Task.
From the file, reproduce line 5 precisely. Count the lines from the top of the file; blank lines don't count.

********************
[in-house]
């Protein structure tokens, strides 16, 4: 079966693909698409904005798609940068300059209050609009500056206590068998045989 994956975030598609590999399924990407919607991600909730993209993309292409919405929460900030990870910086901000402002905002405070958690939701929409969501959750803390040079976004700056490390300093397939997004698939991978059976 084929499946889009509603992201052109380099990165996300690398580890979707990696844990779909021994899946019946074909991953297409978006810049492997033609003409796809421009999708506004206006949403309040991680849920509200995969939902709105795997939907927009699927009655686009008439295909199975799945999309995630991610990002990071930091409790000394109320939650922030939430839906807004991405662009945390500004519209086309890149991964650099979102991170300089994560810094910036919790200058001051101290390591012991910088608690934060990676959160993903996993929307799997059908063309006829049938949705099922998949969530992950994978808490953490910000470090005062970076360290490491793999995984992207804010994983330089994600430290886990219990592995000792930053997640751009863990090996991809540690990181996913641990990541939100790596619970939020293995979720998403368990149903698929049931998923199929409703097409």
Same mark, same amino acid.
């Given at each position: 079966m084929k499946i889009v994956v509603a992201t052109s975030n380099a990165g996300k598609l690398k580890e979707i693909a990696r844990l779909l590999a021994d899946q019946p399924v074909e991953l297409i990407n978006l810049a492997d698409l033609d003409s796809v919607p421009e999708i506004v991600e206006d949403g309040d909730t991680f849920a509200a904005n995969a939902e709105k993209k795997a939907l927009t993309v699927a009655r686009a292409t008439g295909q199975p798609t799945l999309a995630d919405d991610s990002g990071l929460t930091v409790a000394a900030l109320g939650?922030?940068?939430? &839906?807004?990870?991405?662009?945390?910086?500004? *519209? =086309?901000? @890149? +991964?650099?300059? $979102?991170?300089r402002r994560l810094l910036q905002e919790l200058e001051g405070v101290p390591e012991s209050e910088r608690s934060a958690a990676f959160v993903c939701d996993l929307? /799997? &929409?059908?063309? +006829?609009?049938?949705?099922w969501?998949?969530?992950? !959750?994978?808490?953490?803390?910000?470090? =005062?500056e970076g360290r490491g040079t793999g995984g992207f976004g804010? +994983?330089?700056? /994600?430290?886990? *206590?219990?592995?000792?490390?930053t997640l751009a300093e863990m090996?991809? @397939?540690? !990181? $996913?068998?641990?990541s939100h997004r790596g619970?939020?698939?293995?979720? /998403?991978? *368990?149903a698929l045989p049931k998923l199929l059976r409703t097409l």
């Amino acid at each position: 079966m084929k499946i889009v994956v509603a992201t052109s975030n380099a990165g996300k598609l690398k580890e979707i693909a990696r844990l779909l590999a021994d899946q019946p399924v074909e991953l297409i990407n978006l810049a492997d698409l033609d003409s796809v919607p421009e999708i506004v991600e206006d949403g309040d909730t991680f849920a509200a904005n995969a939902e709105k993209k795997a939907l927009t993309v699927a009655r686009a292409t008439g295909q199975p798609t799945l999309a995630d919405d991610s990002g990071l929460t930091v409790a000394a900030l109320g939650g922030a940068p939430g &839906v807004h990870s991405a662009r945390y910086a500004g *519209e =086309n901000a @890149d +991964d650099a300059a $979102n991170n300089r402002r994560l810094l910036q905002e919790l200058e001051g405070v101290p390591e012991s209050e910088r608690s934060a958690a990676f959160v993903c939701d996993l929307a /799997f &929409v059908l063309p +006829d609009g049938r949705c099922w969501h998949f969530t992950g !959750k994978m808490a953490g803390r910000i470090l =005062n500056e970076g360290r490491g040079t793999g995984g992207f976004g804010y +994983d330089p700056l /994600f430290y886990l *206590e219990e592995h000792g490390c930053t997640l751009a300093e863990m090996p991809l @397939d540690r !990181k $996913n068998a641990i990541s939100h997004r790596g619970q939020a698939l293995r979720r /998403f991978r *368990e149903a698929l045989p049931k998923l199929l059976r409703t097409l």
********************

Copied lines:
């Amino acid at each position: 079966m084929k499946i889009v994956v509603a992201t052109s975030n380099a990165g996300k598609l690398k580890e979707i693909a990696r844990l779909l590999a021994d899946q019946p399924v074909e991953l297409i990407n978006l810049a492997d698409l033609d003409s796809v919607p421009e999708i506004v991600e206006d949403g309040d909730t991680f849920a509200a904005n995969a939902e709105k993209k795997a939907l927009t993309v699927a009655r686009a292409t008439g295909q199975p798609t799945l999309a995630d919405d991610s990002g990071l929460t930091v409790a000394a900030l109320g939650g922030a940068p939430g &839906v807004h990870s991405a662009r945390y910086a500004g *519209e =086309n901000a @890149d +991964d650099a300059a $979102n991170n300089r402002r994560l810094l910036q905002e919790l200058e001051g405070v101290p390591e012991s209050e910088r608690s934060a958690a990676f959160v993903c939701d996993l929307a /799997f &929409v059908l063309p +006829d609009g049938r949705c099922w969501h998949f969530t992950g !959750k994978m808490a953490g803390r910000i470090l =005062n500056e970076g360290r490491g040079t793999g995984g992207f976004g804010y +994983d330089p700056l /994600f430290y886990l *206590e219990e592995h000792g490390c930053t997640l751009a300093e863990m090996p991809l @397939d540690r !990181k $996913n068998a641990i990541s939100h997004r790596g619970q939020a698939l293995r979720r /998403f991978r *368990e149903a698929l045989p049931k998923l199929l059976r409703t097409l």